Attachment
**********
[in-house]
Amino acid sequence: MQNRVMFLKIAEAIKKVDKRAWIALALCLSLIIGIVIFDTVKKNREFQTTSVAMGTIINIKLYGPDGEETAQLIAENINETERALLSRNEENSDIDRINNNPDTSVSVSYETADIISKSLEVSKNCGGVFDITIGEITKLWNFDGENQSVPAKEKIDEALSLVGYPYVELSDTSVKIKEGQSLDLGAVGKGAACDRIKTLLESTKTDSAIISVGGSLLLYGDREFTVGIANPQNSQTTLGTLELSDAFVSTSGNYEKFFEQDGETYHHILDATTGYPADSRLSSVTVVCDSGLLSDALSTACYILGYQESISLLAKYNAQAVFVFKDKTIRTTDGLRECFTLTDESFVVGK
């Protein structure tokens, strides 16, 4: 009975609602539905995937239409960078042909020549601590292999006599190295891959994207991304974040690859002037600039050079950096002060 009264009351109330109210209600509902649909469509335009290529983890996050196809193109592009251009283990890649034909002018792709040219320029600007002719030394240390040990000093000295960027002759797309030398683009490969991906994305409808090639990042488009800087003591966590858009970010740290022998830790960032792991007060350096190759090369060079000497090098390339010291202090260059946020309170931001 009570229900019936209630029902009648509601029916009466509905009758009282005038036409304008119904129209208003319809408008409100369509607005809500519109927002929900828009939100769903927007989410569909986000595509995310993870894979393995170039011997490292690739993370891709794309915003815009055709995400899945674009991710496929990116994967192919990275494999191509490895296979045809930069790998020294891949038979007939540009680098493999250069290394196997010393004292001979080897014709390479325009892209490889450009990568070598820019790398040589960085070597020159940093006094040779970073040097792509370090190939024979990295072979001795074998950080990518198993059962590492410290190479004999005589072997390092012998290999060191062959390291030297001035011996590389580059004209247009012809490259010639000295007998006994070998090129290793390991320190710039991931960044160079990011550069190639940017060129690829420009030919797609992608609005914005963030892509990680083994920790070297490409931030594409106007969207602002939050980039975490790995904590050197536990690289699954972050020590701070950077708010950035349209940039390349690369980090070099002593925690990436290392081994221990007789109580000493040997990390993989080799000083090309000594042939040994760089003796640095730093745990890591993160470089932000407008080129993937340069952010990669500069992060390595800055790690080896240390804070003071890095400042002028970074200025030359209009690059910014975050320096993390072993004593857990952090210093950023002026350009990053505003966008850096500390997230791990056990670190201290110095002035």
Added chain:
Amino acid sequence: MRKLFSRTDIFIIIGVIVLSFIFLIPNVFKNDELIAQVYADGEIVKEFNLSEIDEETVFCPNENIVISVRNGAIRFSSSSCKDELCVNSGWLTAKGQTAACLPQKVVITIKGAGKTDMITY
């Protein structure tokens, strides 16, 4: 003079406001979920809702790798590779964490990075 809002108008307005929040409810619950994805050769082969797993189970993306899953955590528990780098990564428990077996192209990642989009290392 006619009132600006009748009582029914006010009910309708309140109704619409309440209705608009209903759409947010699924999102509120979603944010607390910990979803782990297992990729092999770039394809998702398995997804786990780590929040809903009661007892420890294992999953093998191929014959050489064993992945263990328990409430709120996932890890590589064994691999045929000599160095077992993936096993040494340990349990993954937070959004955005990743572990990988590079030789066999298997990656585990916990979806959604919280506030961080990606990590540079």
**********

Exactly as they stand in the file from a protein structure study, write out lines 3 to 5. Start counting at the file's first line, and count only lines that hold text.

């Protein structure tokens, strides 16, 4: 009975609602539905995937239409960078042909020549601590292999006599190295891959994207991304974040690859002037600039050079950096002060 009264009351109330109210209600509902649909469509335009290529983890996050196809193109592009251009283990890649034909002018792709040219320029600007002719030394240390040990000093000295960027002759797309030398683009490969991906994305409808090639990042488009800087003591966590858009970010740290022998830790960032792991007060350096190759090369060079000497090098390339010291202090260059946020309170931001 009570229900019936209630029902009648509601029916009466509905009758009282005038036409304008119904129209208003319809408008409100369509607005809500519109927002929900828009939100769903927007989410569909986000595509995310993870894979393995170039011997490292690739993370891709794309915003815009055709995400899945674009991710496929990116994967192919990275494999191509490895296979045809930069790998020294891949038979007939540009680098493999250069290394196997010393004292001979080897014709390479325009892209490889450009990568070598820019790398040589960085070597020159940093006094040779970073040097792509370090190939024979990295072979001795074998950080990518198993059962590492410290190479004999005589072997390092012998290999060191062959390291030297001035011996590389580059004209247009012809490259010639000295007998006994070998090129290793390991320190710039991931960044160079990011550069190639940017060129690829420009030919797609992608609005914005963030892509990680083994920790070297490409931030594409106007969207602002939050980039975490790995904590050197536990690289699954972050020590701070950077708010950035349209940039390349690369980090070099002593925690990436290392081994221990007789109580000493040997990390993989080799000083090309000594042939040994760089003796640095730093745990890591993160470089932000407008080129993937340069952010990669500069992060390595800055790690080896240390804070003071890095400042002028970074200025030359209009690059910014975050320096993390072993004593857990952090210093950023002026350009990053505003966008850096500390997230791990056990670190201290110095002035």
Added chain:
Amino acid sequence: MRKLFSRTDIFIIIGVIVLSFIFLIPNVFKNDELIAQVYADGEIVKEFNLSEIDEETVFCPNENIVISVRNGAIRFSSSSCKDELCVNSGWLTAKGQTAACLPQKVVITIKGAGKTDMITY